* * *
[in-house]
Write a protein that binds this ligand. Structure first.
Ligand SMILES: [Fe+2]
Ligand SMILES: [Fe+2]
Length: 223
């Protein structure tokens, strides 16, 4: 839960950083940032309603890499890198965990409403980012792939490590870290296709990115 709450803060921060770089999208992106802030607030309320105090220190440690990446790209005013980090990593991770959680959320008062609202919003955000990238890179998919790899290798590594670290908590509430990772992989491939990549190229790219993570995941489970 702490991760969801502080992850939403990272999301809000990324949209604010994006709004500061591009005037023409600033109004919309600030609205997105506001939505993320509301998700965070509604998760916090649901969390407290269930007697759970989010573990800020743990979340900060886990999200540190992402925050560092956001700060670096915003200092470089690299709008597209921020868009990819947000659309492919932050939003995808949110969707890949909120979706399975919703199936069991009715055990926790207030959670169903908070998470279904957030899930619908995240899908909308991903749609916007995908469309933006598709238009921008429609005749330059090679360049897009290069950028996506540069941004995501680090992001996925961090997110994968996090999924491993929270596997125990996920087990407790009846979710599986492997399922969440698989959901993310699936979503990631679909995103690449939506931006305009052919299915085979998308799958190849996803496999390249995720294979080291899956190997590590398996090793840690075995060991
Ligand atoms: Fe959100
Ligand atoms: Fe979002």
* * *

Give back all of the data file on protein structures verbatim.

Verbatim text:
[in-house]
Write a protein that binds this ligand. Structure first.
Ligand SMILES: [Fe+2]
Ligand SMILES: [Fe+2]
Length: 223
């Protein structure tokens, strides 16, 4: 839960950083940032309603890499890198965990409403980012792939490590870290296709990115 709450803060921060770089999208992106802030607030309320105090220190440690990446790209005013980090990593991770959680959320008062609202919003955000990238890179998919790899290798590594670290908590509430990772992989491939990549190229790219993570995941489970 702490991760969801502080992850939403990272999301809000990324949209604010994006709004500061591009005037023409600033109004919309600030609205997105506001939505993320509301998700965070509604998760916090649901969390407290269930007697759970989010573990800020743990979340900060886990999200540190992402925050560092956001700060670096915003200092470089690299709008597209921020868009990819947000659309492919932050939003995808949110969707890949909120979706399975919703199936069991009715055990926790207030959670169903908070998470279904957030899930619908995240899908909308991903749609916007995908469309933006598709238009921008429609005749330059090679360049897009290069950028996506540069941004995501680090992001996925961090997110994968996090999924491993929270596997125990996920087990407790009846979710599986492997399922969440698989959901993310699936979503990631679909995103690449939506931006305009052919299915085979998308799958190849996803496999390249995720294979080291899956190997590590398996090793840690075995060991
Ligand atoms: Fe959100
Ligand atoms: Fe979002």